Correlation Engine 2.0
Clear Search sequence regions

The interleukin receptor-associated kinase (IRAK) family are involved in regulating Toll-like receptor (TLR) and interleukin-1 (IL-1) signalling pathways. TLRs are pattern recognition receptors of the innate immune response that are responsible for sensing pathogens and initiating immunity, while IL-1 is one of the key cytokines that mediates inflammation. As such, IL-1/TLR signalling pathways and the IRAK family are critical in anti-pathogen responses, inflammation and autoimmunity. The family comprises of four members, IRAK-1, IRAK-2, IRAK-M (IRAK-3) and IRAK-4, and has a role in both positive and negative regulation of signal transduction. While it was once thought that the family displayed some redundancy, each member of the family is emerging as a distinct and vital contributor to IL-1/TLR signalling mechanisms. Knockout mouse studies have explored the relative contribution of each of the IRAKs in IL-1/TLR signalling, while the recent generation of kinase-inactive knock-in IRAK-4 mice have revealed which of IRAK-4 functions require its kinase activity. IRAK-2, previously thought of as a pseudokinase, has recently been proposed to have kinase activity that is essential for TLR signalling. Not surprisingly given their critical role in IL-1/TLR signalling, the IRAK family members have been implicated in certain disease models including human immunodeficiencies. Thus the potential targeting of these essential protein kinases therapeutically is also discussed. Copyright © 2010 Elsevier Inc. All rights reserved.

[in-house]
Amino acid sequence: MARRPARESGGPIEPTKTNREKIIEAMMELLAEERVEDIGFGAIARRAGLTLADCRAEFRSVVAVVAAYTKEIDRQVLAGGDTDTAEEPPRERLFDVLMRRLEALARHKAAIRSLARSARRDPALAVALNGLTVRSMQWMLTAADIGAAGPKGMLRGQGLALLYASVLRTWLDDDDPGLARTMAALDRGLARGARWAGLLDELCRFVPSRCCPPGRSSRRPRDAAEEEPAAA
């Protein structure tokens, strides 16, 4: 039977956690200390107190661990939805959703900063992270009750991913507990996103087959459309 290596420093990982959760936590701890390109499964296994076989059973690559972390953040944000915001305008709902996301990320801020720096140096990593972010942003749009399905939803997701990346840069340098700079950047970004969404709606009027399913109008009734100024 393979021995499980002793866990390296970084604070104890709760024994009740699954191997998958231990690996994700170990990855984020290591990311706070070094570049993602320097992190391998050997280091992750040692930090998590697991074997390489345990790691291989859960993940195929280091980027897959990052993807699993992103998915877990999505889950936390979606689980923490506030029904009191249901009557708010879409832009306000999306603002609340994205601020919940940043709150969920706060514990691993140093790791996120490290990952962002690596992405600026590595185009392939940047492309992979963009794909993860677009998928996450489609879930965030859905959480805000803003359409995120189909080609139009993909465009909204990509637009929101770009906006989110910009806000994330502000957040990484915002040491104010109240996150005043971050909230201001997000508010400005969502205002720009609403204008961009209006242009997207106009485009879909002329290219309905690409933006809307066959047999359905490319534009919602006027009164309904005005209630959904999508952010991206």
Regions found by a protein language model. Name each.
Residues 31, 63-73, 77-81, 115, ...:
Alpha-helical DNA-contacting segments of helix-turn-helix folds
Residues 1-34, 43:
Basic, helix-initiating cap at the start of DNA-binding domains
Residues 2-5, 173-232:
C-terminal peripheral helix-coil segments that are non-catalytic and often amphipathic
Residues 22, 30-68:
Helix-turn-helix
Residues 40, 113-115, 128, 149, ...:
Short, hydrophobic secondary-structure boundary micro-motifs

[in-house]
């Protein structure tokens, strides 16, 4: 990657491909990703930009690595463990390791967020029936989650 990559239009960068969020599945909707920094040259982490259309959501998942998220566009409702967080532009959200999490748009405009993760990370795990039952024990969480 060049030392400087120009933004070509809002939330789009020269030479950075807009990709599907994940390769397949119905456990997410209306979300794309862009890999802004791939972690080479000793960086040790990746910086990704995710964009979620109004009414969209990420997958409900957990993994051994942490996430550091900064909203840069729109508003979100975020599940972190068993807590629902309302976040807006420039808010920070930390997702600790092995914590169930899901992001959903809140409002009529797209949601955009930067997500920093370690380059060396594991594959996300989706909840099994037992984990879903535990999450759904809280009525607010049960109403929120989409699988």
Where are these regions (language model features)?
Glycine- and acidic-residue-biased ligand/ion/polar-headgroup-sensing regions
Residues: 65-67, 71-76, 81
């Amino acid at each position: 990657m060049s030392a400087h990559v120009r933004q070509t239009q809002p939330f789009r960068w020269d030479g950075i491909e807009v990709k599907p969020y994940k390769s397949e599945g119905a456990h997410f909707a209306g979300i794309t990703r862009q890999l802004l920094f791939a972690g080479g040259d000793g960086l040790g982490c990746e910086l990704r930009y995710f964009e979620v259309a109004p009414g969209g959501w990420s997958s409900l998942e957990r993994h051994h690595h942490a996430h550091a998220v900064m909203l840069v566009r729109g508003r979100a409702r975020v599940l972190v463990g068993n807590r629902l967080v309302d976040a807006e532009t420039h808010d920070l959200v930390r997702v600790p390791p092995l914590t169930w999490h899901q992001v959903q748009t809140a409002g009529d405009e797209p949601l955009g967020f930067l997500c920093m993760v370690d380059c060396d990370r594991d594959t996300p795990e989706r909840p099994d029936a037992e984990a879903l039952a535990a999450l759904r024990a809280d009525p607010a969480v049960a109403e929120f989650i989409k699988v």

Sinead Flannery, Andrew G Bowie. The interleukin-1 receptor-associated kinases: critical regulators of innate immune signalling. Biochemical pharmacology. 2010 Dec 15;80(12):1981-91

Expand section icon Mesh Tags

Expand section icon Substances

PMID: 20599782

View Full Text